14 Freight train derailment risk model 29 September Background and Context We have looked at the potential for improvement, and not an absolute assessment of the efficiency of all measures that are applied today. Therefore it follows that if a measure is applied extensively already there is little room for improvement through the further application of that measure. For this reason some measures that are extensively applied already are not considered in this work. Their omission should not be considered as suggesting such measures are not efficient. The assessment of measures does not consider the way or the order in which these interventions should be pursued, for example it is not considered whether these interventions should be introduced in a mandatory or voluntary way or whether the measure should be introduced as an EU harmonised measures or only within certain member states or only certain companies.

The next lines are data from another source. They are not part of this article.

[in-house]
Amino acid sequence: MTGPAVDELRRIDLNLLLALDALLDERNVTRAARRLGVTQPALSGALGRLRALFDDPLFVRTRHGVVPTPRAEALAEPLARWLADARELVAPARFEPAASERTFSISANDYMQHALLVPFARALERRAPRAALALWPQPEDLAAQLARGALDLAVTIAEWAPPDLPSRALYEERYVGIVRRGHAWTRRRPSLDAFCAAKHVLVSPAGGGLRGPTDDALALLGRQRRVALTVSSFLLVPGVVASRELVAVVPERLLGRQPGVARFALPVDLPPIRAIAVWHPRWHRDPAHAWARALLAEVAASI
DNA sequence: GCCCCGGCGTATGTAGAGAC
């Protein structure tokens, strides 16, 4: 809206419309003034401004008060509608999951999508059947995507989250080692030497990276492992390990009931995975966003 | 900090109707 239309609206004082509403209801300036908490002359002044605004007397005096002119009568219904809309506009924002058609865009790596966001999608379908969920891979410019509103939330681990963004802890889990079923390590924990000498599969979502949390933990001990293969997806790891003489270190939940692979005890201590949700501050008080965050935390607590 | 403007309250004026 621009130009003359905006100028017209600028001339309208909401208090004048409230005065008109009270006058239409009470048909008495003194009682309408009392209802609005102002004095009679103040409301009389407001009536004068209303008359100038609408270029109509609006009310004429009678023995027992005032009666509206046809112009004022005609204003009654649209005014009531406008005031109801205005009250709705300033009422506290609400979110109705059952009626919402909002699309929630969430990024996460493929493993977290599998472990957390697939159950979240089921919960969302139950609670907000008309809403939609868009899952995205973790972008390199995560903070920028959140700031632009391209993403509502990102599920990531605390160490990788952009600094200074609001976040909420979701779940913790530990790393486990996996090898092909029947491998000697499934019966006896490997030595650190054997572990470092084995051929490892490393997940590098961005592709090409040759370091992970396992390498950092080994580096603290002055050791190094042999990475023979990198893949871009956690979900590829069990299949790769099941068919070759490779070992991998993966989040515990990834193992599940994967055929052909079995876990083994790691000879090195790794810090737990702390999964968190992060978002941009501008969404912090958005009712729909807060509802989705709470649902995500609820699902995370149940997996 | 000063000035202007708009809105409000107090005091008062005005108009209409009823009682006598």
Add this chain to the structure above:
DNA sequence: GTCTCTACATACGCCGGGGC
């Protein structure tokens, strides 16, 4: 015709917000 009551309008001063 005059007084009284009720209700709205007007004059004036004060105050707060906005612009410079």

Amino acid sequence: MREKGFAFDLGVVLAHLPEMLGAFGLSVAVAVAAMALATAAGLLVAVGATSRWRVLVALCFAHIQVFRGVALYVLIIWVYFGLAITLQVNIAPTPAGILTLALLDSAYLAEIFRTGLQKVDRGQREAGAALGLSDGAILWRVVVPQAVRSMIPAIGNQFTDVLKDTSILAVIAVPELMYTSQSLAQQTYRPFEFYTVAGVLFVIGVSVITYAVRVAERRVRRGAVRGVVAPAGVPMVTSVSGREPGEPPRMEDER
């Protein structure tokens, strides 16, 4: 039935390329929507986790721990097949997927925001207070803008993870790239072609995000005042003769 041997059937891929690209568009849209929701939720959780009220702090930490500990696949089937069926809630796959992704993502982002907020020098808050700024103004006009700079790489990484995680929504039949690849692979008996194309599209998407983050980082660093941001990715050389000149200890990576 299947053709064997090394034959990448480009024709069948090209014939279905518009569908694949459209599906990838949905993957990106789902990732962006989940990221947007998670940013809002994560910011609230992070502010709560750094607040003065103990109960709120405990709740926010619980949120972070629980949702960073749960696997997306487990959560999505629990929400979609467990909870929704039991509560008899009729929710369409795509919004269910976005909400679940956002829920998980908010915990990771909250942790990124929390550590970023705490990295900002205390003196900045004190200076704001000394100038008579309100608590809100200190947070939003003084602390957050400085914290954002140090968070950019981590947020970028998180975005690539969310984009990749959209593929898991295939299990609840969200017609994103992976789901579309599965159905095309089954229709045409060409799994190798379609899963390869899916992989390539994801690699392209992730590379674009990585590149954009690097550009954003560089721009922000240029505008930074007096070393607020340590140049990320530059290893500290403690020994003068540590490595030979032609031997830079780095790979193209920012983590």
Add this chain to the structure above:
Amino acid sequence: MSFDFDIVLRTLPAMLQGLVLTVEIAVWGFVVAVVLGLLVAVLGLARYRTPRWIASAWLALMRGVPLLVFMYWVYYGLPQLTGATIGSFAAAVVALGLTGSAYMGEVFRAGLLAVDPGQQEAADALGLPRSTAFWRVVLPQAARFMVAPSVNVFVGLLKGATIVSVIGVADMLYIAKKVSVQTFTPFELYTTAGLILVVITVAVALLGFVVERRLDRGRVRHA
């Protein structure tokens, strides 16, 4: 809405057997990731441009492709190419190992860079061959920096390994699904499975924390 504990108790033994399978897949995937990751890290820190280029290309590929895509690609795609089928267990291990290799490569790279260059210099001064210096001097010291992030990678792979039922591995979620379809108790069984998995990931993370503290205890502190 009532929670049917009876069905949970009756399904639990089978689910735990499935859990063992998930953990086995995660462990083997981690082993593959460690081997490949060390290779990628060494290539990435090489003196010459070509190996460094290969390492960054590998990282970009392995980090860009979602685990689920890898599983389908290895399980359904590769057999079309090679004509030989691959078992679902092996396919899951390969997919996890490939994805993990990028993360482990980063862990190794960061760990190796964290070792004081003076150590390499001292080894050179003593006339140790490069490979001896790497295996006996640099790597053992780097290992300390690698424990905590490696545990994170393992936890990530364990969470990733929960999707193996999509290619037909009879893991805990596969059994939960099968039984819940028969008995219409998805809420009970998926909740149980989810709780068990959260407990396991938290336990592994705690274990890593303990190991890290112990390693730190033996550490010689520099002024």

15 Freight train derailment risk model 29 September 2011 Efficient Measures (1 to 5) We consider the following technical measures as being efficient (they have a positive or unity benefit / cost ratio in our reference case and all sensitivity studies): - P13-Wheel Load Impact Detectors / Weighing In Motion. - P28-Replacement of Brass for Polyamide Roller Cages. - P15-Bogie Hunting Detectors. - P11-Bearing Acoustic Monitoring. Considering measure P28, we have considered an immediate replacement of brass/steel for polyamide roller cages. An alternative option is for replacement at the next scheduled maintenance interval for bearings/axle boxes. This is almost a zero cost option, although the benefits would take longer to materialise. Potential drawbacks to the use of these measures (excluding measure P28) relate to false alarms. To some extent these can be overcome by the use of good alarm management processes. 15